7. The National University of Singapore invites paper proposals for its 16th ASLI Conference about the ‘Rule of Law and the Role of Law in Asia’. This Conference will be held from 11 to 12 June 2019 at the Faculty of Law. Abstracts should be sent by December 3, 2018.
  8. The Max Weber Programme at European University Institute (EUI) convenes a workshop on ‘Global Justice and Populism’, and invites submissions from interested scholars. Abstracts must be sent on or before January 31, 2019.
  9. The City Law School at the City, University of London, convenes a workshop on ‘Justice, Injustice and Brexit’, which will take place on October 19, 2018. A programme for the event can be found here.
  10. The Democratic Decay Resource (DEM-DEC) will be formally launched on October 22, 2018 with a panel discussion and reception at the University of Melbourne. The panel discussion –titled ‘Is Democracy Decaying Worldwide? And What Can We Do About It?’– will provide an overview of democratic decay across the globe, with experts providing detail on four selected states. The full programme and details are on DEM-DEC.
  11. The British Institute of International and Comparative Law in association with Cambridge University Press convenes a workshop on academic publishing aimed at those starting out in an academic career. This event will take on November 14, 2018 at the British Institute of International and Comparative Law (London).

Elsewhere Online

  1. Samuel Moyn, Resisting the Juristocracy, Boston Review
  2. Alexandra Phelan & Raul Sanchez Urribarri, The Venezuelan crisis matters and there’s much we can do, ABC News
  3. Pauline Weller, “For the Court, it could be…”: Electing Constitutional Judges in the US and Germany, Verfassungsblog
  4. Jack Balkin, Constitutional Rot Reaches the Supreme Court, Balkinization
  5. Eugénie Mérieau, The Sixtieth Anniversary of the French Constitution: Toward the Death of the Fifth Republic? Verfassungsblog
  6. Yen-Tu Su, Taiwan is revolutionizing democracy, The Washington Post
  7. Rahul Bhatia, The Indian Government’s Astonishing Hunger for Citizen Data, The New York Times
  8. Agata Gostyńska-Jakubowska, New Approaches to Upholding Democratic Values in Poland, Carnegie Europe
  9. Tomasz Tadeusz Koncewicz, “Existential Judicial Review” in Retrospect, “Subversive Jurisprudence” in Prospect. The Polish Constitutional Court Then, Now and … Tomorrow, Verfassungsblog
  10. Başak Çali, The Spectre of Trexit: Proposal to Reintroduce the Death Penalty in Turkey, EJIL: Talk!
  11. Alan Whysall, Challenges to good government in Northern Ireland: charting a future course, The Constitution Unit
  12. Meg Russell, Alan Renwick & Jess Sargeant, How and when might a second referendum on Brexit come about? The Constitution Unit
  13. Tom Gerald Daly, Searching for Democracy 2.0 without Losing Democracy 1.0, Pursuit
  14. Simson Caird, Taking Back Control: Brexit, Parliament and the Rule of Law, U.K. Const. L. Blog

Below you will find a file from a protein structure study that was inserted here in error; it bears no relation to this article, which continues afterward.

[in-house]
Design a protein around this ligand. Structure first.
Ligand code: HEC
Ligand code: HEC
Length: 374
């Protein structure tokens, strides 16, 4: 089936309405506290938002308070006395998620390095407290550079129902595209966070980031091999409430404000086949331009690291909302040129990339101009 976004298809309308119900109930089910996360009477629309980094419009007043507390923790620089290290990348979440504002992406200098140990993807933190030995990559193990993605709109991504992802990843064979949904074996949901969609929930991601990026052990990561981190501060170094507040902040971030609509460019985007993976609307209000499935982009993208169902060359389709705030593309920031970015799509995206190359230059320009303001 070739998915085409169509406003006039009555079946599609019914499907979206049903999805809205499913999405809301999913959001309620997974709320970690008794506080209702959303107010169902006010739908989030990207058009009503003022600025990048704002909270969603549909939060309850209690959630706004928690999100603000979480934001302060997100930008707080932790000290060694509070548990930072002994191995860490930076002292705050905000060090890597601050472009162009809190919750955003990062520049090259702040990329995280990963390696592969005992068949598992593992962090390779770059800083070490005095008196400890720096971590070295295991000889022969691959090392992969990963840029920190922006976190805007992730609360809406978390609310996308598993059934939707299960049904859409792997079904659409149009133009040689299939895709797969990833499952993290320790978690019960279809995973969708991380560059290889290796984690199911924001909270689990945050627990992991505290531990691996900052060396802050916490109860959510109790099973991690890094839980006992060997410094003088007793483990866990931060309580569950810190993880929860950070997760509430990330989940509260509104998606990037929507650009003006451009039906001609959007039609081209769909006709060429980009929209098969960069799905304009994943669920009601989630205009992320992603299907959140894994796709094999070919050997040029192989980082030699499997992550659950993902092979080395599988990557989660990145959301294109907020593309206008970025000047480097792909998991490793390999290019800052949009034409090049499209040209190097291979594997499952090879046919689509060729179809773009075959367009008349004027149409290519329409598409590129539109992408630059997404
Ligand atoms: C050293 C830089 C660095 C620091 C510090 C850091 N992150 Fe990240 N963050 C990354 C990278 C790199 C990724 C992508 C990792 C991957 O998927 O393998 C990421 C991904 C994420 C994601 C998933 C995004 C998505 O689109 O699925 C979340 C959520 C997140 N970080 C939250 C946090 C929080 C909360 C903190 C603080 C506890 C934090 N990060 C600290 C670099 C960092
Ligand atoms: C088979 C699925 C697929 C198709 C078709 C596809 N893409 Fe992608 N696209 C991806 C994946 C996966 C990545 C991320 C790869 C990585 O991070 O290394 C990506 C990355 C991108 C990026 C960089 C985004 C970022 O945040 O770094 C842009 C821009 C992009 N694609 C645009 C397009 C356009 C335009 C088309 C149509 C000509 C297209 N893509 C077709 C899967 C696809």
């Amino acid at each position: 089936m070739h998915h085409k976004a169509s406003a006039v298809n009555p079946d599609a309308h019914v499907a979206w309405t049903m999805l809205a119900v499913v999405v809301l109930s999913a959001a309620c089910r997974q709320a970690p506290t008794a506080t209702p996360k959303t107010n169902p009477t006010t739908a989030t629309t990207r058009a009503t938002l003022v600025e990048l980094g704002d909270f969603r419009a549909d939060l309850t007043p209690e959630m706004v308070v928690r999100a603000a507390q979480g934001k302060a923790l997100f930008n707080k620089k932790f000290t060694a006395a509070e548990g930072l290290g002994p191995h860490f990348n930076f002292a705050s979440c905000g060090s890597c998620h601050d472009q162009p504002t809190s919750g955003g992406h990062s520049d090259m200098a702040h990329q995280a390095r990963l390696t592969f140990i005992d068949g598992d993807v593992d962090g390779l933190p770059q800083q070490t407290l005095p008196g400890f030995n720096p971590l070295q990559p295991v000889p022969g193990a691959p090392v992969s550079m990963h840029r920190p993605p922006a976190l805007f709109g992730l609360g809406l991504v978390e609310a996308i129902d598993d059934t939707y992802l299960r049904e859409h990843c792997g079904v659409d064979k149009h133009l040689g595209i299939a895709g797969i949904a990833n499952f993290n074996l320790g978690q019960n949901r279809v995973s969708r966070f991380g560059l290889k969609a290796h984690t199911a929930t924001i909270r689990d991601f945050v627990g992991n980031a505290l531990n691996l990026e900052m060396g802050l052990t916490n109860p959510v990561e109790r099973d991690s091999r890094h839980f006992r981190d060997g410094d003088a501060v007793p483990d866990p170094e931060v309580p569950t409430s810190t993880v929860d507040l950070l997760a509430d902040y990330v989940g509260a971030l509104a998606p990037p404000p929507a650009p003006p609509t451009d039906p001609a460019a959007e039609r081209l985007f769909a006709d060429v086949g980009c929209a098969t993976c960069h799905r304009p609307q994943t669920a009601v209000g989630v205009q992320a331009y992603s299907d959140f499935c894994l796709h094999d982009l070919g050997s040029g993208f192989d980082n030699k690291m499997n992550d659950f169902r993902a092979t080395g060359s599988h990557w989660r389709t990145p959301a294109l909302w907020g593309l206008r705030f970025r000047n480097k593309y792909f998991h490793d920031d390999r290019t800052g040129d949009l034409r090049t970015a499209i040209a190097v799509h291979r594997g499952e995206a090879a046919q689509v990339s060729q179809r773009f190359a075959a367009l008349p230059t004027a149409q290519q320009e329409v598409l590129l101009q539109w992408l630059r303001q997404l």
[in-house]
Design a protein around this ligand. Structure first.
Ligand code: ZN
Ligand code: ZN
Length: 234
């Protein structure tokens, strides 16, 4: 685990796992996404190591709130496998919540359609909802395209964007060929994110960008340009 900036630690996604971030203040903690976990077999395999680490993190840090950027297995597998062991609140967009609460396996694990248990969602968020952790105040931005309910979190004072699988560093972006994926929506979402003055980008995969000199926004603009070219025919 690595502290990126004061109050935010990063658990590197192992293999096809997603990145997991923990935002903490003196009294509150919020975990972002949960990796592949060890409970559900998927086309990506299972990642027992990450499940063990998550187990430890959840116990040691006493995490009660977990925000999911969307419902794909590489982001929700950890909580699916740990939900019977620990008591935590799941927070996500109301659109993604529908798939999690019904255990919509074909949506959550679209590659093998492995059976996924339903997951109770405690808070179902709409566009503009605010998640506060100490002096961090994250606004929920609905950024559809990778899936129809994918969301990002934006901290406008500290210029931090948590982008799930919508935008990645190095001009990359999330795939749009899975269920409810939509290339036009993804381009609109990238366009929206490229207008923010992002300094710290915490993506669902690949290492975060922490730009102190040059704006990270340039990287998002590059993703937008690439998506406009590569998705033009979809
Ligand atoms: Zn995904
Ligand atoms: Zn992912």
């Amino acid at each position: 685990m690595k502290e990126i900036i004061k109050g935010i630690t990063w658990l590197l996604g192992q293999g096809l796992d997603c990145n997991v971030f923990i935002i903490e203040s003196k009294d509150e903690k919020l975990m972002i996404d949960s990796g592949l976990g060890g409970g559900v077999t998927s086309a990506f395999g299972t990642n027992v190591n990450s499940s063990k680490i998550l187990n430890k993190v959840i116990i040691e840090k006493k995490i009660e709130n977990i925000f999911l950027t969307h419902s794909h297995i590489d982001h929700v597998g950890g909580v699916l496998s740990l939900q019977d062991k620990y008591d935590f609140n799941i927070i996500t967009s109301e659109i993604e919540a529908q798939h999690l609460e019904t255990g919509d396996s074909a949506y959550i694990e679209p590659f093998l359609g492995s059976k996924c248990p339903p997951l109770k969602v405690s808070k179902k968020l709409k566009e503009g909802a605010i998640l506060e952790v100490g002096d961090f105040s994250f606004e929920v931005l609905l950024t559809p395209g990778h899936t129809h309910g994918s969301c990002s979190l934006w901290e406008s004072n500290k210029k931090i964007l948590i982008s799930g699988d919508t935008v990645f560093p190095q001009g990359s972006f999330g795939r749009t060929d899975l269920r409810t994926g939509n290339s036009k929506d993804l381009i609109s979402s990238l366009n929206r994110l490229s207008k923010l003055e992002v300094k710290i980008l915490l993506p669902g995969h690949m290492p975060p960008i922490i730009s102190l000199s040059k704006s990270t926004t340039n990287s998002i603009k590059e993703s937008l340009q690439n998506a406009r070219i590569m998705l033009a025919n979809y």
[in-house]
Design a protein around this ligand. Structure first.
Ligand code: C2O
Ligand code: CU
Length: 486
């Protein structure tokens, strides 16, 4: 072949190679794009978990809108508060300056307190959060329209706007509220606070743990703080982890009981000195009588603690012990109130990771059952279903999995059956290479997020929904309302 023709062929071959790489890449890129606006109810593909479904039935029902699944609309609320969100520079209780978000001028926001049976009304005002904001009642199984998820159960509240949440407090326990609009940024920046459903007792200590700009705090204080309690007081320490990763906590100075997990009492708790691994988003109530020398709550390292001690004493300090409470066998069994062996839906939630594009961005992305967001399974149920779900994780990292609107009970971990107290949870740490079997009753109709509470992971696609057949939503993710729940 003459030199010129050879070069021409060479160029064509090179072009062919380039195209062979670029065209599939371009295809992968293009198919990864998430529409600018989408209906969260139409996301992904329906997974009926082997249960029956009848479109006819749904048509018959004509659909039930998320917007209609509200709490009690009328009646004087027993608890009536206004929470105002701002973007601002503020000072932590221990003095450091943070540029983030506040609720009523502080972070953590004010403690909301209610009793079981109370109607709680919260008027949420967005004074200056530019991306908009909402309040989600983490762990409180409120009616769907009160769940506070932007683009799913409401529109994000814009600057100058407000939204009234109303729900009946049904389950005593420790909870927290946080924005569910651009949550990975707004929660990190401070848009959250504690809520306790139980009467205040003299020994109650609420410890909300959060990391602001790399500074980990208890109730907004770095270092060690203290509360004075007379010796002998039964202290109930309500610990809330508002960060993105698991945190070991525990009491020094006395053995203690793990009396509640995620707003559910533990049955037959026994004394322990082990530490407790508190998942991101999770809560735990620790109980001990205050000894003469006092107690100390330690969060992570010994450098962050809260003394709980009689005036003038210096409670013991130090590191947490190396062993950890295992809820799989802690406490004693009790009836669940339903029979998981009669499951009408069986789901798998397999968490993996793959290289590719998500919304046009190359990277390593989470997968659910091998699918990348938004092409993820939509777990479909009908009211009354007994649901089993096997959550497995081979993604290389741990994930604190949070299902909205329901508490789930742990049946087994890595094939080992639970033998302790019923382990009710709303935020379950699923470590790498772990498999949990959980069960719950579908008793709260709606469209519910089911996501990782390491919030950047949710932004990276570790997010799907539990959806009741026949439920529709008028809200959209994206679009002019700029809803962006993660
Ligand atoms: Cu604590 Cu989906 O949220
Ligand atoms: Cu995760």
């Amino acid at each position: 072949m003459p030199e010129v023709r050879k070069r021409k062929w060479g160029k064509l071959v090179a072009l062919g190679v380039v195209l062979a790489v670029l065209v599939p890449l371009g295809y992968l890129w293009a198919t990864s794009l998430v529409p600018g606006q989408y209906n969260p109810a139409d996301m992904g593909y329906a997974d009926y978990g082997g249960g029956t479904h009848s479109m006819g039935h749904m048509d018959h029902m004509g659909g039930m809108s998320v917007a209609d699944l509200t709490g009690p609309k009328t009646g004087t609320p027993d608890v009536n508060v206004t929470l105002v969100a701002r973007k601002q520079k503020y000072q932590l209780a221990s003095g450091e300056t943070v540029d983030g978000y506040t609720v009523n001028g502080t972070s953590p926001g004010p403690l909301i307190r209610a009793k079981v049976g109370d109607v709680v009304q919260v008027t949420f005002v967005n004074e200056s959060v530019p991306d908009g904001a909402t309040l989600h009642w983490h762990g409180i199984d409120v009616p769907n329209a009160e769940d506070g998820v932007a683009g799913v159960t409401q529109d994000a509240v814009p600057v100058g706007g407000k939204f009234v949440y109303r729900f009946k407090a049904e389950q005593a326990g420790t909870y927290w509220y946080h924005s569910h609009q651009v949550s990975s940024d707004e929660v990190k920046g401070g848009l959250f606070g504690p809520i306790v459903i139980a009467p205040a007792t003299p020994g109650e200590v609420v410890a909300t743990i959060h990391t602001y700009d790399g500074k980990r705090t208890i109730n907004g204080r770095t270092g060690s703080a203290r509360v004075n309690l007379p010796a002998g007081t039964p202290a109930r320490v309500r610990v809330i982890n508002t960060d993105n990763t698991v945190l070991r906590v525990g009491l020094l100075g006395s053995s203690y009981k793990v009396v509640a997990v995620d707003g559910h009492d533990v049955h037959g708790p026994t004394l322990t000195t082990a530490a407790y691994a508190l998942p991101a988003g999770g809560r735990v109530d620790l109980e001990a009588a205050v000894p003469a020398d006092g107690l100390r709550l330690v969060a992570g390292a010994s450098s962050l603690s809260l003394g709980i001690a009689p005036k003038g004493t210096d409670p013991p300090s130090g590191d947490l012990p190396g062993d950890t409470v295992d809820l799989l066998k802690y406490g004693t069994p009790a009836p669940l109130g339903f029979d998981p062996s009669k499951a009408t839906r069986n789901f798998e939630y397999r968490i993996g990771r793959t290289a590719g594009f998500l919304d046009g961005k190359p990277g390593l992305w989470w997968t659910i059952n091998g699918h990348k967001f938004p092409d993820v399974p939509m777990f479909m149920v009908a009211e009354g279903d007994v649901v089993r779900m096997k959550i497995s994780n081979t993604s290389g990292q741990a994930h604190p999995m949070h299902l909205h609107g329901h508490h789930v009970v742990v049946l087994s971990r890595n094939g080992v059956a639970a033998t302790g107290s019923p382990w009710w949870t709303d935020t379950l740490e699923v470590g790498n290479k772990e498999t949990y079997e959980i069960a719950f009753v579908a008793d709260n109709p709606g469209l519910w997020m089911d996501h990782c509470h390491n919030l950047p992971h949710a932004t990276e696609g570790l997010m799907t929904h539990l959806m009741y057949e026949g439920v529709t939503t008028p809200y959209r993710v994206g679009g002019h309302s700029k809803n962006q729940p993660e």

15. Charlotte Burns, UK & Devolved Governments Need to Cooperate on Environment After Brexit, Centre on Constitutional Change
  16. Marco Antonio Simonelli, Judicial Appointments in the Age of Trump – Are There Remedies for Polarization? IACL-AIDC Blog
  17. Julian O’Donnell, Are Victoria’s Safe-Access Zones Safe from the Constitution? AUSPUB Law
  18. Leighann Spencer, Should the ECtHR Consider Turkey’s Criminal Peace Judgeships a Viable Domestic Avenue? Verfassungsblog
  19. Adam Feldman, Empirical SCOTUS: What to expect from Kavanaugh’s first term, SCOTUSblog
  20. John Tasioulas, Are human rights anything more than legal conventions? Aeon
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Published on October 15, 2018
Author:          Filed under: Developments

Fake News, Backlash and the Rise of the German Populist Right – An Update on German Developments

–Michaela Hailbronner, Postdoctoral Fellow, University of Münster, Germany

In the last few years, foreign observers have increasingly looked to Germany and Angela Merkel as potential new leaders of the free world. Rich, democratic and equipped with a strong belief in the Rechtsstaat, Germany has seemed a bastion of liberal democracy at a time when others are increasingly in crisis.

The 2017 federal elections cast some shadows on this sunny picture. A new populist right-wing party, Alternative for Deutschland (AfD) won a substantial 13% of the vote. This ensured not only its representation in the federal parliament (clearing the five percent threshold for obtaining seats), but also made it the third strongest party in that body.

A year after the AfD’s entry into Parliament, how do things stand? Does the picture of Germany as a bastion above the crisis still hold?

I’m not here offering a comprehensive response. Instead, this is an update. I describe developments for those not closely observing the German case and attempt to connect the German to the broader global stories debated here and elsewhere.

First, what has happened since the 2017 federal elections?

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Published on October 14, 2018
Author:          Filed under: Analysis

Presidentialism and the Crisis of Governance in Brazil

[Editor’s Note: This is the fourth entry in our symposium on the “30th Anniversary of the Brazilian Constitution.” The introduction to the symposium is available here.]

Luiz Guilherme Arcaro ConciPontifical University of Sao Paulo

Brazil was the only American country that, once independent (1822), established a national monarchy that reigned for almost eighty years[1]. From the late 1840’s until the proclamation of the Republic (1889), there was also a parliamentary system in a unitarian country. Abruptly, with the proclamation of the republic in 1889, our leaders decided to replace the system of government to presidentialism and the unitary form of state by the federal one. All these changes in only one political transition.